- Now, don’t forget, Jake Arrieta is still out there, a hometown boy, and likely to get less than he was looking for (in dollars, although probably not years) the later into the offseason he goes unsigned (although Scott Boras always gets his players a good deal; it’s JD’s job to keep it a fair one).
That’s the one big move left I wouldn’t mind seeing this team make. The years scare me, but the stuff is ace-level electric when it’s on, and going from the pressure-cooker that is the present-day Cubs to home cooking for a middling team might be just what his mechanics (and mindset?) need.
Doubling down on the kids
But more than those moves, Jon Daniels seems to still know what brought the Rangers pennants in 2010 and 2011; he and Jeff Bannister, from his Pirates experience, know that the true currency of baseball lies in young, controllable talent.
Of that, the Rangers are still lacking (at the upper levels of the minors, at least) in terms of Grade A prospects, but make no mistake—they’re on the right side of those tracks, and not changing course.
That’s where hope lies with me. It’s with the kids who’ll show up in Surprise to question marks, limited fanfare, and low expectations for 2018. Calhoun may play much of 2018 in Texas, but the weight of expectations may still be too high for his limited MLB experience. Yohander Mendez still has a game-changing changeup, if he can control it (and his mental engine) at the highest level; that may take more clacks before it clicks in. And Ronald Guzman is a legit minor league hitter, but a season away from MLB contributor, at least.
Instead, the likes of Leody Taveras and Cole Ragans and their young brethren will ply their trade—and, more importantly, learn to live with unflinching failure—in places as close as Frisco and as far as Spokane and the Down East Wood Ducks.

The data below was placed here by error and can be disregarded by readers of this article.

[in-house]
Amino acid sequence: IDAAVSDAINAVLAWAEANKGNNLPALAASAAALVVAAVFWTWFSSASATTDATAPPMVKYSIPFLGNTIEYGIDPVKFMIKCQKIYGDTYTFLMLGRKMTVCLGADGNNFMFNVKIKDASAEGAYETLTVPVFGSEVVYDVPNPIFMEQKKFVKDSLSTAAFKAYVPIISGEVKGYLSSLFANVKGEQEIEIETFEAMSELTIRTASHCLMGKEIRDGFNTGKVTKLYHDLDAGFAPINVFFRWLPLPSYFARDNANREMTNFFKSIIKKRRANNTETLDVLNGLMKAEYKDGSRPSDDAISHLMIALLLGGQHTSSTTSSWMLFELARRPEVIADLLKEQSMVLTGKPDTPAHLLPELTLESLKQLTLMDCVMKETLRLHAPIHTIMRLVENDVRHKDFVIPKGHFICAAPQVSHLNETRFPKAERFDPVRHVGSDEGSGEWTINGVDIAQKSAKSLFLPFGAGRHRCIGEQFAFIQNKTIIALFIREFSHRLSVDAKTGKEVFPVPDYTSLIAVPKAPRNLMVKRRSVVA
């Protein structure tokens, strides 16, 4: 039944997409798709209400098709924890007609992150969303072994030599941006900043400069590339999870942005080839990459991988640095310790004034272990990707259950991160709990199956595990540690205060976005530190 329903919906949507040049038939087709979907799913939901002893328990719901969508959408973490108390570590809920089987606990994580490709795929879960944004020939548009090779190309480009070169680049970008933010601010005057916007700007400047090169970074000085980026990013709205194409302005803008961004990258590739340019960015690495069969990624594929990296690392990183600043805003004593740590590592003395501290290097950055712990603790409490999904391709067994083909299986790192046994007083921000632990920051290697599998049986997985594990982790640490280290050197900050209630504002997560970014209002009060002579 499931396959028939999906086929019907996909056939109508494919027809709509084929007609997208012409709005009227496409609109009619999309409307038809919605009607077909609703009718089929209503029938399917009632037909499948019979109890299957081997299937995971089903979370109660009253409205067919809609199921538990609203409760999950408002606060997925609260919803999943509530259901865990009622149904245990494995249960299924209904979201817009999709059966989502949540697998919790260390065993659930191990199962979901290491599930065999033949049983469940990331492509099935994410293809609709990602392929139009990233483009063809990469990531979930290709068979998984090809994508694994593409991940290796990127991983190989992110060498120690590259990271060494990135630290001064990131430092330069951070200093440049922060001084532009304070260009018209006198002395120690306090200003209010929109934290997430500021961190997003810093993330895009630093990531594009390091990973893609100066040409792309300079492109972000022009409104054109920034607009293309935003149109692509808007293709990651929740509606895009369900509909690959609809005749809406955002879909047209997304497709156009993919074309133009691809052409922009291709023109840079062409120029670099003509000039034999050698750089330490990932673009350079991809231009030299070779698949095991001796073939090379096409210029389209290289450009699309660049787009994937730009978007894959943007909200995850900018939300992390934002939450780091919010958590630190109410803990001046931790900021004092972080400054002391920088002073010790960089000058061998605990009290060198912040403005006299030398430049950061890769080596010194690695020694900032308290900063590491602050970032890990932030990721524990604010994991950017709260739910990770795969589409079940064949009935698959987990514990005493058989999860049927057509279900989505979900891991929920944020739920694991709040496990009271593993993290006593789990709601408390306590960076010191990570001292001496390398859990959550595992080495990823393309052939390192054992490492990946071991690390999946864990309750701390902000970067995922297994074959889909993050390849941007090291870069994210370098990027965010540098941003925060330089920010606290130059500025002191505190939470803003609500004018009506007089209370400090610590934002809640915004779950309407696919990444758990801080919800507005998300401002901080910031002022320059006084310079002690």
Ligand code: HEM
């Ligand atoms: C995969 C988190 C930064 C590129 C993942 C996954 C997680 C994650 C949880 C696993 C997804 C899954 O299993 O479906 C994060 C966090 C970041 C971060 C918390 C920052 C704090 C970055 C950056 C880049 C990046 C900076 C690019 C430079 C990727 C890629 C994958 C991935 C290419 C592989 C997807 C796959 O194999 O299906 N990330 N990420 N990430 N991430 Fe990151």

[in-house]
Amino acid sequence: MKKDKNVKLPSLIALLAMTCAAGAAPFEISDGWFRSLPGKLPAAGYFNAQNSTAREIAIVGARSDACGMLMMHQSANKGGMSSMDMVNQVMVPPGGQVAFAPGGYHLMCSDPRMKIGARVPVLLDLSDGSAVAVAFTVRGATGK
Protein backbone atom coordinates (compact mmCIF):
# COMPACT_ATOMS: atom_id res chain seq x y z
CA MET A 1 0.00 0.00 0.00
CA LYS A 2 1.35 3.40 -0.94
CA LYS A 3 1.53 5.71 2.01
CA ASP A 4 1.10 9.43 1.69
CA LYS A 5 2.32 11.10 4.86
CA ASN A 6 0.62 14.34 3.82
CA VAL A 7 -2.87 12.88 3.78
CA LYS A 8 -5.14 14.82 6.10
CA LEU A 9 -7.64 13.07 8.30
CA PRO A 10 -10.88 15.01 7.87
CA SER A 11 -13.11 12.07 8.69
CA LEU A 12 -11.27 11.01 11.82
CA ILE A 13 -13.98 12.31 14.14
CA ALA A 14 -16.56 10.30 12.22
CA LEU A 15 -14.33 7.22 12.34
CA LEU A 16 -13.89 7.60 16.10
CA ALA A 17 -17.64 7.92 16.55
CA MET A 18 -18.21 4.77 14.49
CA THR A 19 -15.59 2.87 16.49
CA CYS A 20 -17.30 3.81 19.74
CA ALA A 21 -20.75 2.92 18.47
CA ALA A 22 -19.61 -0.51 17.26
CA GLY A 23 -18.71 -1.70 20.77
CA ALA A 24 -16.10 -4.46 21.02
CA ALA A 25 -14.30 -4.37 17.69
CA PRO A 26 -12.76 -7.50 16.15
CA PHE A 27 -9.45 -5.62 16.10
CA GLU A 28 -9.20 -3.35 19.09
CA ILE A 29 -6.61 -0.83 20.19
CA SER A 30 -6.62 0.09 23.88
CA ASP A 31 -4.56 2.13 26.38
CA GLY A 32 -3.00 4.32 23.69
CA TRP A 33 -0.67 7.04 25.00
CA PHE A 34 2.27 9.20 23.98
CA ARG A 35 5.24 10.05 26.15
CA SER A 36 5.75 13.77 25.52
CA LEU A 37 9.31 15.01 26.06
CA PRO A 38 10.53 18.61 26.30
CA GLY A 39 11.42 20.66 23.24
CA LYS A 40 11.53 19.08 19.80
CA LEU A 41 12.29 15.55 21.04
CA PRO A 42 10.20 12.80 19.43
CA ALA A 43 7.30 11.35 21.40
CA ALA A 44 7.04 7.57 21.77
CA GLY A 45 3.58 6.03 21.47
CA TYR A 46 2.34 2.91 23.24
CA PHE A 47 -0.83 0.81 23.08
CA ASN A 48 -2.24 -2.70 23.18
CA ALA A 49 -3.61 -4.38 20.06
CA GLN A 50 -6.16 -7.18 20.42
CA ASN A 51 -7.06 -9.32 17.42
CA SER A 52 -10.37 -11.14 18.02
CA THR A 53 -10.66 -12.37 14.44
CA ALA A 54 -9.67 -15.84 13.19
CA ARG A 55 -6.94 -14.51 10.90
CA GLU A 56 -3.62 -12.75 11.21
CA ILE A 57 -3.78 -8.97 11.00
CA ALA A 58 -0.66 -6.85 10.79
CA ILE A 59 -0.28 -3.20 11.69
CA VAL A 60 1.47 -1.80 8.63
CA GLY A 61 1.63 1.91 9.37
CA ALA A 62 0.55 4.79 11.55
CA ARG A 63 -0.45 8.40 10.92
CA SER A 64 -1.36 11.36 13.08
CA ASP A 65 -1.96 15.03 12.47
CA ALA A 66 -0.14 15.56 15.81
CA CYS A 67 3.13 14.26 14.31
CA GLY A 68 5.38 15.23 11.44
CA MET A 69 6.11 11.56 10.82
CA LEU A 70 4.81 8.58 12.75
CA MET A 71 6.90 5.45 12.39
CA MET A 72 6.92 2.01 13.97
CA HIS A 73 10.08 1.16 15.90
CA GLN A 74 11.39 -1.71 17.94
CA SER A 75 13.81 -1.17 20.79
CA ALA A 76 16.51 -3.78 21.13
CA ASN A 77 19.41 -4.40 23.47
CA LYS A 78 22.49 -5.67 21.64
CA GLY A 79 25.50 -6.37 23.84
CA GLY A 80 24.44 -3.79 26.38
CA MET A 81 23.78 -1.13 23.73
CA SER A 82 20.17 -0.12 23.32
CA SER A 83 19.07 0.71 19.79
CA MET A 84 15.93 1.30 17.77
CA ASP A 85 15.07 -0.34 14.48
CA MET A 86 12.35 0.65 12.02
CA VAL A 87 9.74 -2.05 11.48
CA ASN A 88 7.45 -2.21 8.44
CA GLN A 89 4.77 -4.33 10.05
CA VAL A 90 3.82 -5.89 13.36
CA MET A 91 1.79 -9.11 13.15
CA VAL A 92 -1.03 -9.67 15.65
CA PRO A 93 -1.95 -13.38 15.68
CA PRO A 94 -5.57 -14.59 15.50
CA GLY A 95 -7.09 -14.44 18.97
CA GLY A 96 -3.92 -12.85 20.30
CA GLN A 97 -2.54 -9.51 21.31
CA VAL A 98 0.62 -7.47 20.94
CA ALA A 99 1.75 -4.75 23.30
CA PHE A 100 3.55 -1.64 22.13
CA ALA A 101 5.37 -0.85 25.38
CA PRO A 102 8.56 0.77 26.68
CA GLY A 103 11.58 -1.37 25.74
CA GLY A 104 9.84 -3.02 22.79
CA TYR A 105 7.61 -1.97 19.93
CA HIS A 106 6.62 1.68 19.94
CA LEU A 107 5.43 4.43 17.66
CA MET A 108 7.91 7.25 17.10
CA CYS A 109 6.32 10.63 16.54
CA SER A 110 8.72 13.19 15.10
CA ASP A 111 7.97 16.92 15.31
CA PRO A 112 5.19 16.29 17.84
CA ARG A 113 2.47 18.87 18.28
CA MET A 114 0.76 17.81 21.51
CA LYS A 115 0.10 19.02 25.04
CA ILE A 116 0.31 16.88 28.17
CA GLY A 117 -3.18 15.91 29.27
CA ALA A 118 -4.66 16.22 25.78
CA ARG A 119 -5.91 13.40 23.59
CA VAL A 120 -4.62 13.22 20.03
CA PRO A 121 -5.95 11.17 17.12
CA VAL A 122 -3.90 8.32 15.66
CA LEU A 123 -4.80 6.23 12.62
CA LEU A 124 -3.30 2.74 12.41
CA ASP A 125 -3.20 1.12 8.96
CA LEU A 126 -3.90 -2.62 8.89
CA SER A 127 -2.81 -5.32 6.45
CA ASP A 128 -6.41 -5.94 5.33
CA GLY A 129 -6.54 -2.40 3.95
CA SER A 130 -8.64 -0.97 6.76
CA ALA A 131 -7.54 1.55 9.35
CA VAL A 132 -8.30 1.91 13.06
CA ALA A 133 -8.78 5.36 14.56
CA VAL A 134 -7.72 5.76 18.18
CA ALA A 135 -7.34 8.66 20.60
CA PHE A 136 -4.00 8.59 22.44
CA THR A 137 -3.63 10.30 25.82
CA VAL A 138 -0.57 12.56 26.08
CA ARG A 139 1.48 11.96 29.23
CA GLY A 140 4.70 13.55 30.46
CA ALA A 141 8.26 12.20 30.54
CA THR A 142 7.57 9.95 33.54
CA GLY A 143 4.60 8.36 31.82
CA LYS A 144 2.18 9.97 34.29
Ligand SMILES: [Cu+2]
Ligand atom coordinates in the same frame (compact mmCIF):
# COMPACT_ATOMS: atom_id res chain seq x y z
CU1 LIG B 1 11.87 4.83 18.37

But beyond the RoughRiders, they’ll not make much noise anytime soon in the Metroplex.
So just what has that left us with, here at the dawn of 2018?
In the coming weeks, we’ll do our best to give you an analysis in a few parts: who have the Rangers lost; who have they gained; and what lies in store, at various levels, to give you hope?
Don’t expect any revelations. Because my gut tells me, if this team has career years from the new additions and gets contributions from kids we’ve barely heard of—that is, if we hit the baseball lottery—this team is still, at best, battling for a single spot in a Wild Card playoff.
But this team must go down to go up, even with the likes of Adrian Beltre still lifting our hopes—for him (and, by extension, we as fans)—that this team can do something remarkable in his time here.
The best champagne only tastes great if you’ve lived off lukewarm Pabst for a few years. It tastes even better if you’re showing in it after all but popping the ultimate cork, as this team did in 2010 and, heart-wrenchingly, 2011.
Rangers fans don’t recently have much love to lose for the Astros, if they ever did, but there are plenty of lessons to be learned there. Those ‘Stros took their lumps with fill-ins and overwhelmed kids in 2011 to 2014. They retooled. They traded away veterans that would make the difference between a dismal 55 wins and an equally meaningless 65 or 70.
In time, the kids found their feet, the fill-ins gave way to the real deal—and within three years of losing 92 games, a trophy rode through downtown Houston after a most unlikely summer and fall, on so many levels.
The Rangers have the foundation to take that ride. They need patience, and pieces, but the pedigree still lives in the clubhouse of Andrus and Beltre, and in the arm of Cole Hamels.
One or all may be gone by the time a parade takes a turn onto Ballpark Way, but my money is that sometime within the first half-decade of Globe Life Field—given pedigree, patience, vision, and the courage to stay the course—the Commissioners’ Trophy will parade through the streets of the Metroplex.
If I were the Rangers, I’d stay the course, regardless of what it means for 2018, 2019, or even 2020. And I’d invest in a cool, dark, humid room at that new cathedral just going up across from Globe Life Park, because that champagne better taste awfully sweet going down.
They, and we, will have earned that much.